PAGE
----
Oral hygiene is just as important for implants as it is for your actual teeth. Accumulation of plaque can lead to gum disease, which can damage both your gums and jawbone.

When plaque buildup affects the area around an implant, it’s called peri-implant disease. The early stages of peri-implant disease are reversable. However, if it’s left untreated, it can progress to a condition called peri-implantitis, which can lead to implant failure.

Because of this, it’s important to practice good oral hygiene when you have an implant. This includes:

  • brushing at least twice a day
  • flossing daily
  • limiting your intake of sugary foods
  • visiting your dentist for checkups every 6 months

Insufficient bone

Endosteal implants need to remain stably anchored in your jawbone. Because of this, it’s possible for an implant to fail if there’s not enough jawbone present to effectively secure it in place.

Prior to implant placement, a thorough examination of the jawbone is performed. This can include X-rays and 3D modeling to help determine the bone quality of the potential implant site.

If insufficient bone is present, some people may opt to undergo a procedure like bone grafting or sinus lifting prior to receiving an endosteal implant.

Bone loss over time can also destabilize an implant. This can be due to things such as:

  • peri-implant disease
  • osteoporosis
  • other medical conditions that impact bone health


It’s been found that dental implants have a lower success rate in people who smoke. In fact, some research indicates that overall implant failure rates are 11 percent in smokers, compared with 5 percent for nonsmokers.

Smoking may cause implant failure because it can interfere with blood flow to the affected area, negatively impacting osteointegration and the healing process. Smoking is also a risk factor for gum disease.

Teeth grinding

If you grind your teeth or experience any occlusal trauma, it can cause fracture of the implant, loosening or fracture of the screw, or fracture of the porcelain on the crown. This is because the repeated grinding motions — or trauma — can cause tiny movements of the implant, which can interfere with the osseointegration process.

Medical conditions

Several medical conditions have been associated with dental implant failure, including:


Dental implants may be more likely to fail in older adults. This is because they may have other underlying medical or bone conditions. Healing may also be slower in older adults.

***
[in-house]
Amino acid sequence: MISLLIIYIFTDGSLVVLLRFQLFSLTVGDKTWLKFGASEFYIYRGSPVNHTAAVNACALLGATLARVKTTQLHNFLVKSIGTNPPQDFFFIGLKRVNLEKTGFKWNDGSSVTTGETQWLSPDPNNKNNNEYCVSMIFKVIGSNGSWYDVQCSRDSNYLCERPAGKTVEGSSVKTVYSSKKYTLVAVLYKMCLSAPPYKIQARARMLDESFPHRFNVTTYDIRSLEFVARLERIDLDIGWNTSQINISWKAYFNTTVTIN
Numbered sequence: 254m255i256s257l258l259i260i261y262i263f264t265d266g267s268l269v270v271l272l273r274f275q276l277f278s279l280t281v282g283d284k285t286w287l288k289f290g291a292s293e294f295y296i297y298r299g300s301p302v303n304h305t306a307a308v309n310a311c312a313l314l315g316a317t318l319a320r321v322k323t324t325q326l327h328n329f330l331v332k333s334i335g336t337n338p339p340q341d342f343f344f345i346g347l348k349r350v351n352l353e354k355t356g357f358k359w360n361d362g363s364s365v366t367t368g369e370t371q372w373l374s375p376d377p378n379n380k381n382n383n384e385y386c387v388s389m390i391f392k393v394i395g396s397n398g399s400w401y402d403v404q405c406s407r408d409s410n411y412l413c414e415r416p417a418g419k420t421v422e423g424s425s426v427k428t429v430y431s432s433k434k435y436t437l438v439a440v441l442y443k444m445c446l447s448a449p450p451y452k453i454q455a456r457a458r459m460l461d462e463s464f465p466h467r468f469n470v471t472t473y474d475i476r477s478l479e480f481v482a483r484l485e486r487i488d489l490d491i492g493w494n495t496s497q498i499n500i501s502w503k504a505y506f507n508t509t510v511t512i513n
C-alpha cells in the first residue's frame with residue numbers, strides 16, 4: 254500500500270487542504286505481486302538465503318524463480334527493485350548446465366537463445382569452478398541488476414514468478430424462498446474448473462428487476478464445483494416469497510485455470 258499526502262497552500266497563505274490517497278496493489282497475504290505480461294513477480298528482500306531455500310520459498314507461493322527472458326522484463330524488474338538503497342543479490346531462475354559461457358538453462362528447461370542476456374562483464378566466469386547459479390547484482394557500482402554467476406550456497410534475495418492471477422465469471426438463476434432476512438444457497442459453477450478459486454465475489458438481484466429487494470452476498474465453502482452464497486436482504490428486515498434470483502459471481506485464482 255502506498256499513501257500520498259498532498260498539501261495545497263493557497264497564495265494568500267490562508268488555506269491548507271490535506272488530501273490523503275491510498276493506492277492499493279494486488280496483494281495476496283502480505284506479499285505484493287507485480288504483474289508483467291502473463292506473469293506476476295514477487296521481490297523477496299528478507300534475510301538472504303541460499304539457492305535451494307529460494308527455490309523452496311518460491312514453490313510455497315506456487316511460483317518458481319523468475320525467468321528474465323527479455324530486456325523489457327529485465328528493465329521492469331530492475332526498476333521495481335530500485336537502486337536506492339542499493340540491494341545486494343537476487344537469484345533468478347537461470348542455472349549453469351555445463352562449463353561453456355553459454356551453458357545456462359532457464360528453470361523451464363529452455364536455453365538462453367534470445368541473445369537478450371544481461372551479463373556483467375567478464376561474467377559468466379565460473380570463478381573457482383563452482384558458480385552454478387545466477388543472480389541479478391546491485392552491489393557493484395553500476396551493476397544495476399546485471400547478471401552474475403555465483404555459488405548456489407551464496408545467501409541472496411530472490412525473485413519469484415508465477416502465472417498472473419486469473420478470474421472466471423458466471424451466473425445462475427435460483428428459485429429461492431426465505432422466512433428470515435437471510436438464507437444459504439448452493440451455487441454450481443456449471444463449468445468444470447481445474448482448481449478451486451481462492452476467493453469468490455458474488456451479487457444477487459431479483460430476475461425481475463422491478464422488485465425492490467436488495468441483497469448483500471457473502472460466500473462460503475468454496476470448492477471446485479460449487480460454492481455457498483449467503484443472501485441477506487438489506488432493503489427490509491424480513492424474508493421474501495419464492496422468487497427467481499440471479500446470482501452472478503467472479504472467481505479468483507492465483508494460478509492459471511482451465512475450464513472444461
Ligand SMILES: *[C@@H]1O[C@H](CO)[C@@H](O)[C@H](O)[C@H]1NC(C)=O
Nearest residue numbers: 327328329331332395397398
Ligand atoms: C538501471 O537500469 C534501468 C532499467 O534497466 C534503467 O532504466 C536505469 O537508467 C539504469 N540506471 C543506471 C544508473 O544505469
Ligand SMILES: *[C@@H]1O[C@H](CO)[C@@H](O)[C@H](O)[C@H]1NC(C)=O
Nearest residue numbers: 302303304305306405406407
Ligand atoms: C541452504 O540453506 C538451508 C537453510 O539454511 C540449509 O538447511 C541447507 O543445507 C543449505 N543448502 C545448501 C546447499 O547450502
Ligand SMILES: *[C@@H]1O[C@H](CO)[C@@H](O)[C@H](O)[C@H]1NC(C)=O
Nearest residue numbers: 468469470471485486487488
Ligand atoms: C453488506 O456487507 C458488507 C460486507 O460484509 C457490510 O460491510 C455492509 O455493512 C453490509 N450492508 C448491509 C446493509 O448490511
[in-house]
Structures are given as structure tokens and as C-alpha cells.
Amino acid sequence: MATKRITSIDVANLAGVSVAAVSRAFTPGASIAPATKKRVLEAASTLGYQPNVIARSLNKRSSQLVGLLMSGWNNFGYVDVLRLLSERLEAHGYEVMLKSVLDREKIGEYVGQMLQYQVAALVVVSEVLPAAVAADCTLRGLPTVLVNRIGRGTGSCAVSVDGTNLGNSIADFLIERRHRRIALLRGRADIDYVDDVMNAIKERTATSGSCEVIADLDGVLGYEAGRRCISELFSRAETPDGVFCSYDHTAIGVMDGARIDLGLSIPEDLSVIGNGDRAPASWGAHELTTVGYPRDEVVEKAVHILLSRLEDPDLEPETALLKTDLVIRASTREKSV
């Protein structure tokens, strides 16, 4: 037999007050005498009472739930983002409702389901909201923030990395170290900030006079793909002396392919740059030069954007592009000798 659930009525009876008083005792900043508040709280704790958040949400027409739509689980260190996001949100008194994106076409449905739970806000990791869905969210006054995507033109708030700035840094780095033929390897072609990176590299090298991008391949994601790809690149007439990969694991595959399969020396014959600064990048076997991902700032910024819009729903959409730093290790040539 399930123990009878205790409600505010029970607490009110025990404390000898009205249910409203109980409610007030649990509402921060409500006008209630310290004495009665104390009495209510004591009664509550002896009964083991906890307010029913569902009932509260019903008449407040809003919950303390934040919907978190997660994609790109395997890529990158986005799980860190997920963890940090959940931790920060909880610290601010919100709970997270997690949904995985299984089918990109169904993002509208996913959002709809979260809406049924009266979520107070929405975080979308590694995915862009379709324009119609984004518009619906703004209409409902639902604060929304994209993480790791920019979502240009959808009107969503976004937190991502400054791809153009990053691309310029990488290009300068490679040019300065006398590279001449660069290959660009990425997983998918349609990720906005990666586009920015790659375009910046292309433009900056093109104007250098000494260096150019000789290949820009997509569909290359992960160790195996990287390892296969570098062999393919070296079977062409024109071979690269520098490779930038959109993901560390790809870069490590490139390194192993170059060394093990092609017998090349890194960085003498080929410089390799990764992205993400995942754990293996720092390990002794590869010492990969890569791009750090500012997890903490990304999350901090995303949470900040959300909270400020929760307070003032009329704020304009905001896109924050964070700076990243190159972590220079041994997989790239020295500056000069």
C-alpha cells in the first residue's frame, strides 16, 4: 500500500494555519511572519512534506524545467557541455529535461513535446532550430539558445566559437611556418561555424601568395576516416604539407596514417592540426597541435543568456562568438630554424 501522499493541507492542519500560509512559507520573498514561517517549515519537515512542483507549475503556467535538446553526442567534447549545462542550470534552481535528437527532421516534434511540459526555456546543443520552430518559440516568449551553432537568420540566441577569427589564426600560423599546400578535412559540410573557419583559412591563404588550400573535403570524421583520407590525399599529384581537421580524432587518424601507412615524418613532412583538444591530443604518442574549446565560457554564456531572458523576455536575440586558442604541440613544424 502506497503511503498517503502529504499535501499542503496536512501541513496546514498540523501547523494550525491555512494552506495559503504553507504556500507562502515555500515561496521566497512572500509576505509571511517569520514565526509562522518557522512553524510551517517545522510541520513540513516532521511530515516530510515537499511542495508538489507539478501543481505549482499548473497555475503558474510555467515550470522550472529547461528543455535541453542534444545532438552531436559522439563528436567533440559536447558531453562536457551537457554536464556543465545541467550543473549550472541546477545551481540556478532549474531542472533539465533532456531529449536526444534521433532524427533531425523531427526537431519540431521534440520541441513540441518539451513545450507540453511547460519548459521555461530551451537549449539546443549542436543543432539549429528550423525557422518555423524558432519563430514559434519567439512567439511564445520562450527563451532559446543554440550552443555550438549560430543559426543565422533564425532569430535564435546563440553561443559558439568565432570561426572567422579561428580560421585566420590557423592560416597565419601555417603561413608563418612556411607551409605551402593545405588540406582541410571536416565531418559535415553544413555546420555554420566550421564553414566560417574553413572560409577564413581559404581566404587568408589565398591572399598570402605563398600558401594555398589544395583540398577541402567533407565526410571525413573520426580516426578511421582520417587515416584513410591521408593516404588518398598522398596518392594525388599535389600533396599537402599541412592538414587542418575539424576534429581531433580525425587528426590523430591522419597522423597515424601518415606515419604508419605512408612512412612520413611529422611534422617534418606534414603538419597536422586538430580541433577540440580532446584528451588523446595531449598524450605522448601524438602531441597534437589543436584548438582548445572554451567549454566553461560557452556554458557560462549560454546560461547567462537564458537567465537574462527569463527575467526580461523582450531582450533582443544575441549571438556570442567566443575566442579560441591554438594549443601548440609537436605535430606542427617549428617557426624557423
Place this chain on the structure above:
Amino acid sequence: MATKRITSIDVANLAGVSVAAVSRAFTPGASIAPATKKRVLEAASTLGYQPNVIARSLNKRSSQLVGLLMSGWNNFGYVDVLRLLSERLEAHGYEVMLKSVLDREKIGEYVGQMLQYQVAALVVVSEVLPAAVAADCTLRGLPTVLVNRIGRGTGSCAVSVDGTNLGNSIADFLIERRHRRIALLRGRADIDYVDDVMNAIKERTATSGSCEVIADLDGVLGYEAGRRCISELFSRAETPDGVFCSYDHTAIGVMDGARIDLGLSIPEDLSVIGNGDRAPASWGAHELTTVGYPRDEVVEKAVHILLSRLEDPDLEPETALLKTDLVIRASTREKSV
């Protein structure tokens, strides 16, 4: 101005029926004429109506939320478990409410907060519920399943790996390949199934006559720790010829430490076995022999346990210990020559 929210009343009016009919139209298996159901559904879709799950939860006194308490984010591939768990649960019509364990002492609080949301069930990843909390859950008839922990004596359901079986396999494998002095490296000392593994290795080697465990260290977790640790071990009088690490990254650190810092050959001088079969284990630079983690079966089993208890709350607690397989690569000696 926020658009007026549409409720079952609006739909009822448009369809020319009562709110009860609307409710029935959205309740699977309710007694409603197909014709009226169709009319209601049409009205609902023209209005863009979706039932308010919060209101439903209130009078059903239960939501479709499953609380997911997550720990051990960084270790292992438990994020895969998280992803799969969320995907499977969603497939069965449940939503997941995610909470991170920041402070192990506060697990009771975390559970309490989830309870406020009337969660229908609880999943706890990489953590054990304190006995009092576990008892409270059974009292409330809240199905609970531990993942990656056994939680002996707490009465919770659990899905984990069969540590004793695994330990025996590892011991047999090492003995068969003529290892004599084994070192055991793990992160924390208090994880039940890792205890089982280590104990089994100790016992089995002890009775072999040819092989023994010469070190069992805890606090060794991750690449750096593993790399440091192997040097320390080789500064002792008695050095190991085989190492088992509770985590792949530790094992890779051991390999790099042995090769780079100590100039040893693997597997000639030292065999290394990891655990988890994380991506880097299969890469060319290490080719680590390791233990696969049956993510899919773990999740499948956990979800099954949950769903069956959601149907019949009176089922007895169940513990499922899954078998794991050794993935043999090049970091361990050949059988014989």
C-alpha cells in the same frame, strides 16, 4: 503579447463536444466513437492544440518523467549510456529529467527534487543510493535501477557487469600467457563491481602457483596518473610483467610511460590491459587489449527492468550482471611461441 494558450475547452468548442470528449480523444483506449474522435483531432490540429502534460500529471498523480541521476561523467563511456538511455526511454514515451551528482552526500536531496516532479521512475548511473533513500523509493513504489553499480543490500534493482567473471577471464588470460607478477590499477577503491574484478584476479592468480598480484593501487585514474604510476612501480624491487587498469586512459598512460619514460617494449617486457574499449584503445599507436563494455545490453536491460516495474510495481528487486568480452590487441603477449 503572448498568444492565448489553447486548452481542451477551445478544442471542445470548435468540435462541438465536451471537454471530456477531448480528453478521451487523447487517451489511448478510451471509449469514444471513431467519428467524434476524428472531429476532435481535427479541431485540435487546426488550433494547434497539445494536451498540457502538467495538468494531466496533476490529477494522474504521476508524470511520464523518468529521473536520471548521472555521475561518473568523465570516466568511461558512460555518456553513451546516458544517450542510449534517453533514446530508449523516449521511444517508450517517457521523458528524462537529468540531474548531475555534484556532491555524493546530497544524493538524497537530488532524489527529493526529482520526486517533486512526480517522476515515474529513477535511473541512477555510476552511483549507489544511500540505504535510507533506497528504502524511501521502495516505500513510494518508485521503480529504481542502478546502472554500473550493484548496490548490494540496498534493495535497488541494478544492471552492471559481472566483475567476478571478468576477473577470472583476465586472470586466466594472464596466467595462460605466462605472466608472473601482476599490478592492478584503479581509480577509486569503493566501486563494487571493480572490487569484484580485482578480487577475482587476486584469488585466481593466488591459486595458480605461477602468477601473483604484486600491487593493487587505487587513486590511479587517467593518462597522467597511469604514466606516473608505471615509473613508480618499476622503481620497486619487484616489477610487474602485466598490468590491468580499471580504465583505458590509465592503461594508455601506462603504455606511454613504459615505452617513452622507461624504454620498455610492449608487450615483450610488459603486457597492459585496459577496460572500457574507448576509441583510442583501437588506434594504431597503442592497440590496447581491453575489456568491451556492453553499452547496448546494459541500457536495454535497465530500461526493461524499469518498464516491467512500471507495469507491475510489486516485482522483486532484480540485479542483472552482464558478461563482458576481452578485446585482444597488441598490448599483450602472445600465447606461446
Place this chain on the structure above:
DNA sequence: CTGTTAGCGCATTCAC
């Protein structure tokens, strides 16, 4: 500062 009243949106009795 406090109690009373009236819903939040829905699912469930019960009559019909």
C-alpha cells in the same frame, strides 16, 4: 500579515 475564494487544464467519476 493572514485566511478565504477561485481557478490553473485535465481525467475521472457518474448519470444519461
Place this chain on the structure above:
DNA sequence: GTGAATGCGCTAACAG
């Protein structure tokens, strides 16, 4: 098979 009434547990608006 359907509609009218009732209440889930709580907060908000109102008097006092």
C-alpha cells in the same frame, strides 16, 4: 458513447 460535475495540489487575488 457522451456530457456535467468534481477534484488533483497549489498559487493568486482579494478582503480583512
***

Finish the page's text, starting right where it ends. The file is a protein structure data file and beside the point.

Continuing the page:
Medications or treatments

Some medications or treatments can also influence implant failure. These include:

An inexperienced surgeon

It’s important to have an experienced surgeon place your dental implants. An inexperienced surgeon can contribute to implant failure via:

  • poorly designed implants
  • improper placement of the implant
  • tissue trauma during implant placement
  • attaching a crown before an implant is stable

It’s important that you see your dentist or periodontist if you have symptoms that point to a failing implant. Some potential signs of implant failure to look out for include:

  • an implant that moves
  • pain, particularly when you’re biting or chewing
  • signs of peri-implantitis, which can include the following symptoms around the implant:
    • redness
    • swelling
    • bleeding
    • receding gums
    • pus

An implant that’s failed can be removed using local anesthesia. Sometimes an implant can be replaced. Some research has found that replacing single dental implants at the same location has an overall success rate of 71 percent.

In situations where bone loss has occurred around the implant, a bone graft may be needed to help regenerate bone tissue before a new implant can be placed. In this case, it may be several months before you receive your new implant.

If you choose not to replace or cannot replace a failed implant, there are other potential treatment options. These can include dental bridges or dentures.

Peri-implantitis may be treated without removing an implant if significant bone loss hasn’t occurred. This involves a thorough cleaning and decontamination of the implant and the surrounding area as well as a course of antibiotics.

Dental implants are designed to be permanent. This is because implants interface with your jawbone, becoming bonded with the surrounding bone through osseointegration.

In some cases, dental implants may fail. This can be due to a variety of factors.

A failed implant can sometimes be replaced, but there are other treatment options available if needed. See your dentist or periodontist if you have signs of implant failure.